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Gregory J. Rummo

Last week the brain surgeons at the National Weather Service told us to be prepared for ďone inch of snow by daybreak and possibly two to three inches by the time itís all over.Ē

Hereís what really happened: by 10:00 A.M. that Friday morning there was eight inches of fine white powder in our driveway and the roads were as treacherous as a hockey rink freshly re-surfaced by a Zamboni.

Itís three days later on the following Monday. I am sitting home, having let my staff go early because of todayís impending snow storm, characterized by the National Weather Service as ďsimilar to last Fridayís storm.Ē My sonís school also sent everybody home around lunch time so I am not the only person in authority guilty of a knee-jerk reaction.

Hereís whatís really happening: as I look out the glass doors into the woods, I see itís barely snowing, the thermometer tells me itís 33 degrees, and the street out in front of the house is just wet.

I donít mean to bellyache. I am delighted that I didnít wreck my big comfy 8 cylinder German SUV last Friday on the slippery roads that I guess werenít plowed and salted properly because the N.J.D.O.T. also listened to the National Weather Serviceís forecast. And the only thing that beats a day off from work is a half day off from work which I am savoring immensely at the moment.

But you have to wonder: are the meteorologists that bad when it comes to forecasting a snowstorm or is it us? Do we sub-consciously forget all the times they are right and zero in on the times they are wrong?

I am reminded of the story about an irate woman who called the local radio station to complain about having to shovel six inches of partly cloudy off her front steps.

Now come on. If itís us, how do you suppose a lame joke like that got started?

Meteorology is the only profession where one is paid good money to guess whatís going to happen in the future. Predicting the weather is, after all, called forecasting.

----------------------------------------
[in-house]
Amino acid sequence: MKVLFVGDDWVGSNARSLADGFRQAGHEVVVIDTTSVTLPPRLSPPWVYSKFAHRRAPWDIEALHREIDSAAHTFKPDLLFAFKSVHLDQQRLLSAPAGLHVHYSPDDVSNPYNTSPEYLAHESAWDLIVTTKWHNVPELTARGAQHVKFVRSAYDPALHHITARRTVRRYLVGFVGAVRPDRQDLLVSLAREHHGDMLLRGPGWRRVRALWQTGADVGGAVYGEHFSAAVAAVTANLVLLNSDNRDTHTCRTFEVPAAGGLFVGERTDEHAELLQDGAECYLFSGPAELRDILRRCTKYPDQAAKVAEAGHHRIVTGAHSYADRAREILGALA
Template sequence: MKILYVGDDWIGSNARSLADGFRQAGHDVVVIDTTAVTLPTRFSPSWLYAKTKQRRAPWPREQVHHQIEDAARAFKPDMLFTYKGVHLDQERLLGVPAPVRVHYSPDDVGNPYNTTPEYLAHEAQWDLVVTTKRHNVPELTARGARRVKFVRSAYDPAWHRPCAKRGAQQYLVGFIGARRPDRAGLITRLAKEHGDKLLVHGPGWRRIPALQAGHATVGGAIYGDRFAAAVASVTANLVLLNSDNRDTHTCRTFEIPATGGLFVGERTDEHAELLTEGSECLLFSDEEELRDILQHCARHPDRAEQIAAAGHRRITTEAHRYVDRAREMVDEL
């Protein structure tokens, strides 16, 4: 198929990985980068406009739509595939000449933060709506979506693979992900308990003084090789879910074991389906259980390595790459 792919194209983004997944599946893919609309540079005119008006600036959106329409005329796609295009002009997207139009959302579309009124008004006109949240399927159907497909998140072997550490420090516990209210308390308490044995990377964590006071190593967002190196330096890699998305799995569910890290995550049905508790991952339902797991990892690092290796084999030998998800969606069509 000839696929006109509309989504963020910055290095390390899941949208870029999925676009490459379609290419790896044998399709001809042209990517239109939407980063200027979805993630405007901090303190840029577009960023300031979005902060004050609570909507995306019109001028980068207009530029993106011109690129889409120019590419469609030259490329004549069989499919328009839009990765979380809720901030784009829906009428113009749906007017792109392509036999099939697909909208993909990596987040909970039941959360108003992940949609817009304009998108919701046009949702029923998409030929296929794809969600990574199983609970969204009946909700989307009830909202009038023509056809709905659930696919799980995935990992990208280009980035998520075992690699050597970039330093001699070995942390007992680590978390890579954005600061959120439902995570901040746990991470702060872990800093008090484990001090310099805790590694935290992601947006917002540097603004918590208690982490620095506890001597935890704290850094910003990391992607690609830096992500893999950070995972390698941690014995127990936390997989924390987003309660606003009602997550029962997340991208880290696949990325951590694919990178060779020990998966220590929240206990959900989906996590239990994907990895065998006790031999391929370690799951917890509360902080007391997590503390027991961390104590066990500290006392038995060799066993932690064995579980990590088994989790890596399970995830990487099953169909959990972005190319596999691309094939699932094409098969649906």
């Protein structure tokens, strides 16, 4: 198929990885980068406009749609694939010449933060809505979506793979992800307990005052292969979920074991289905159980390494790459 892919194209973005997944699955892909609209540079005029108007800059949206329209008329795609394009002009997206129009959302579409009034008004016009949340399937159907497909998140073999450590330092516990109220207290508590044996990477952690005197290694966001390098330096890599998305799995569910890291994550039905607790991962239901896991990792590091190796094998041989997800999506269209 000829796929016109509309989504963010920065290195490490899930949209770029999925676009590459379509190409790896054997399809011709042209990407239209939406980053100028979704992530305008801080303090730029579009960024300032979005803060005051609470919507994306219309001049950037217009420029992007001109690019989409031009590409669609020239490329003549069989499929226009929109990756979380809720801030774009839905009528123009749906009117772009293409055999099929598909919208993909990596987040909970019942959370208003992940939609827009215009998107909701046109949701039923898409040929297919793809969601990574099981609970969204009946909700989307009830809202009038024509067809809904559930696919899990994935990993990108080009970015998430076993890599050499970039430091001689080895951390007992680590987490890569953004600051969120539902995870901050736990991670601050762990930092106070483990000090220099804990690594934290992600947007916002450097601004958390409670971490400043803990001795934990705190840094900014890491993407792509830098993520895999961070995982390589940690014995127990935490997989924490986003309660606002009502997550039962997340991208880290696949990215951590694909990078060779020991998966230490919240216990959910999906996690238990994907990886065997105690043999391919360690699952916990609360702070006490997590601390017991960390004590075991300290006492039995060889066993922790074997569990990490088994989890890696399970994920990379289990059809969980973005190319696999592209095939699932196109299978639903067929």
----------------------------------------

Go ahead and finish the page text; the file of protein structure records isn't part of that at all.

The only other people who make anything close to a living doing that are the whack jobs with names like Zelda who gaze into crystal balls and attempt to tell you about your love life, who you will marry, where you will live and, oh, excuse me but thatíll be $29.95 please.

Maybe I am being a little harsh.

We do reward mediocrity in the sports world. Last week it was a big deal when the Los Angeles Lakers started playing .500 basketball.

Puleezeóthatís one win in every two games. Imagine if meteorologists were right only 50 percent of the time. Doctors wouldnít be the only professionals screaming about lawsuits.

It only gets worse when you think in terms of baseball.

The Boston Red Soxís Manny Ramirez led the American League with a .349 batting average last year. In the National League, the Giantís Barry Bonds wasnít much better with a .390. Neither of these guys could be counted on to get a hit 6 times out of 10 at bats.

Thatís pathetic. If they were meteorologists, theyíd be tarred and feathered during prime time on the Weather Channel.

Looking up from my keyboard I see that the snow has started to pick up a little. The driveway is slowly becoming covered as is the street out in front of the house. I am supposed to leave in two hours to coach indoor soccer for a group of boys at my church.

What am I supposed to do?

Iíd turn on the Weather Channel but I can probably get just as good a forecast on ESPN.

Gregory J. Rummo is a syndicated columnist. Contact him at

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